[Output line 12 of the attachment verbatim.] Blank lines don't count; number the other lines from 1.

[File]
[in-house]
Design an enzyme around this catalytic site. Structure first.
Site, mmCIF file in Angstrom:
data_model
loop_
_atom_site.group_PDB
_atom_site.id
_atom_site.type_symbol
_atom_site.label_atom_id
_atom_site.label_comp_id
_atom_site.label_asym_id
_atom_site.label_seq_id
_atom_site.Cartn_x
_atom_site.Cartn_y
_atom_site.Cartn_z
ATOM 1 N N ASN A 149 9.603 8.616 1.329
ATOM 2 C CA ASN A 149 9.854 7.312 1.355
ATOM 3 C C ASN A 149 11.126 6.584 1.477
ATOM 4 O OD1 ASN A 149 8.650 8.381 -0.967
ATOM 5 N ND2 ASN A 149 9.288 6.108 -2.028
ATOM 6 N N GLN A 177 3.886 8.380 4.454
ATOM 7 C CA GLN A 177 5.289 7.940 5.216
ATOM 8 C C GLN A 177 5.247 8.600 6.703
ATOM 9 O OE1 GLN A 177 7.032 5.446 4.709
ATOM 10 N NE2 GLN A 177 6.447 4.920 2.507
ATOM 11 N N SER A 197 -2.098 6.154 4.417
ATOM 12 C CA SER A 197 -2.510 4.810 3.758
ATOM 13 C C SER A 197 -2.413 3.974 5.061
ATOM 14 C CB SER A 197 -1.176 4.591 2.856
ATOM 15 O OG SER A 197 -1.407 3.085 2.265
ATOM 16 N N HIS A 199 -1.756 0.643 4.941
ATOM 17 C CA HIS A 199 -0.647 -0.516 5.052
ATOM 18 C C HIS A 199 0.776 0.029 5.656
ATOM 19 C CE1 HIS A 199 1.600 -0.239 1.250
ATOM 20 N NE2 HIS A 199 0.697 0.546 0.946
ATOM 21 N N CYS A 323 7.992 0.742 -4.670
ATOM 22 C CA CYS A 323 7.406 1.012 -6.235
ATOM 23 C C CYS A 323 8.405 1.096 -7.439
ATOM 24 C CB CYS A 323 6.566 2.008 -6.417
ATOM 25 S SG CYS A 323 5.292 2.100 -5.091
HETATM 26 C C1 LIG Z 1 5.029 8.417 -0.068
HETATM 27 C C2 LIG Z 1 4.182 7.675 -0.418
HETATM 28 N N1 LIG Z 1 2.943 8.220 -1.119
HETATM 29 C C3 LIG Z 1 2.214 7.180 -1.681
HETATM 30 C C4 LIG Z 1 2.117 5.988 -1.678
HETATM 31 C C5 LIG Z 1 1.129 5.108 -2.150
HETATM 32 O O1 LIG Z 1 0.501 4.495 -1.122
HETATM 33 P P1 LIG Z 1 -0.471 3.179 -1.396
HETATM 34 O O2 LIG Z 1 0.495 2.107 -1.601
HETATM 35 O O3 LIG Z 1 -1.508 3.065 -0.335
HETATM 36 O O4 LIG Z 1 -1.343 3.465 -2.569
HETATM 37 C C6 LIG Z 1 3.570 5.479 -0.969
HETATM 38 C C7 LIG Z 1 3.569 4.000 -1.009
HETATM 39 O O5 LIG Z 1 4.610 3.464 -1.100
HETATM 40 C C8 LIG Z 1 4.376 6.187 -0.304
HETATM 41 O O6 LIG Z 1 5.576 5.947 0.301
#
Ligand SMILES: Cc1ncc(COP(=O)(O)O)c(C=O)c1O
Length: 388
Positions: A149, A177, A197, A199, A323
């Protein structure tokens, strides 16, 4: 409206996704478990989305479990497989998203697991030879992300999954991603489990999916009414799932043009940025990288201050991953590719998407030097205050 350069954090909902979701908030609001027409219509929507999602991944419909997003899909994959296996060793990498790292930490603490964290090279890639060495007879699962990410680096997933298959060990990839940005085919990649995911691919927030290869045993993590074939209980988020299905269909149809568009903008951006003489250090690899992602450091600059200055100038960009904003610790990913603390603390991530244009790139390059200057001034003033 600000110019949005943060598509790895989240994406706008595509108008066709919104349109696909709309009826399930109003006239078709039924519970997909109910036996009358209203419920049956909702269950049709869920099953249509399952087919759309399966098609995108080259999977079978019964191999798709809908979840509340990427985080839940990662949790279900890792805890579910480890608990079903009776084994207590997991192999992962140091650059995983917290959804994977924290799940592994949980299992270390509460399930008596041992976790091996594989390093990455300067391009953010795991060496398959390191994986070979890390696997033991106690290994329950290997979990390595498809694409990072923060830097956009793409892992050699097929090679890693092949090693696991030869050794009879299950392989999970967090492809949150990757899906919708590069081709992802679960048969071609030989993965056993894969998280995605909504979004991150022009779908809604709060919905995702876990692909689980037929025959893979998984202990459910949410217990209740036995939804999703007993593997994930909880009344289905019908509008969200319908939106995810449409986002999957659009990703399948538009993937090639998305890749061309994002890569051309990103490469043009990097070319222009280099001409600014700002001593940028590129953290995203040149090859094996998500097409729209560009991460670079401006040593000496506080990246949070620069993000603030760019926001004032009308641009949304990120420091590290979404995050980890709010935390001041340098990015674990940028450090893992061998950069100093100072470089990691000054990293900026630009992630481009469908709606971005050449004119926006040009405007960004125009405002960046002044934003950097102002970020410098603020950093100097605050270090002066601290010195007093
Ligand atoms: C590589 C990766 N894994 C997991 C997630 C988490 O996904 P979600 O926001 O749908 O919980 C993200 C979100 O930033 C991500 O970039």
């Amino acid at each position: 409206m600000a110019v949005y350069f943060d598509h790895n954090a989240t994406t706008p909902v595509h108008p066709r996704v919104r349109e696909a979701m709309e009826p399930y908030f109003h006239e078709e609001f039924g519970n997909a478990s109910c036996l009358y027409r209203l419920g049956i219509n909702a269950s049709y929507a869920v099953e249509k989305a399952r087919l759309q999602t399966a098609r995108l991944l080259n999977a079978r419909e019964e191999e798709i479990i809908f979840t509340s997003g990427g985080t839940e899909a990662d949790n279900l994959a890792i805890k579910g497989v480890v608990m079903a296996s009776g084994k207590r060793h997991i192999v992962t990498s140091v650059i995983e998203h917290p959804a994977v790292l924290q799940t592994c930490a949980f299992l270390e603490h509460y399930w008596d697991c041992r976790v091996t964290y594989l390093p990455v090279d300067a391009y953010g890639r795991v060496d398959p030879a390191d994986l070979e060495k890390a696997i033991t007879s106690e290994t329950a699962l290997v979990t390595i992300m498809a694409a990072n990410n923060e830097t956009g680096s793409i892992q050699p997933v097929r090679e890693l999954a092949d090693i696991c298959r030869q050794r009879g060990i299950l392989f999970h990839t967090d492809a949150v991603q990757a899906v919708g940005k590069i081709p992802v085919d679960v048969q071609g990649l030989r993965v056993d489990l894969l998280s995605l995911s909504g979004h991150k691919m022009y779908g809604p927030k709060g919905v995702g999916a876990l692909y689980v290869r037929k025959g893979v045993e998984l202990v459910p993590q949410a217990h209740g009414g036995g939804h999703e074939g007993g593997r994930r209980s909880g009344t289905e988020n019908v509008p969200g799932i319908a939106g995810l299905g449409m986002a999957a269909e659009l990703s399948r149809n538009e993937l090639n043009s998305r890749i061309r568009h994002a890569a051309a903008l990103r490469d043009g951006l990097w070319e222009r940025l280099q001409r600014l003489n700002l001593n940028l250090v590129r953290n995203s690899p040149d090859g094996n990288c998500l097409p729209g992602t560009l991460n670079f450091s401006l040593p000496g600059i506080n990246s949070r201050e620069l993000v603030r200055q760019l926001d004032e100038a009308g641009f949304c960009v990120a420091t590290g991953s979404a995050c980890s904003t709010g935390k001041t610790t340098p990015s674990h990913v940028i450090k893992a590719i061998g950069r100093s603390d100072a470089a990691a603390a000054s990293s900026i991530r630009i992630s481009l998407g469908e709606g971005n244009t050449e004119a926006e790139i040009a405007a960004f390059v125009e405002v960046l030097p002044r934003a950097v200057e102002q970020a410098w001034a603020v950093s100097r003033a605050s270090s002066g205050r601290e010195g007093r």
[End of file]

_atom_site.label_seq_id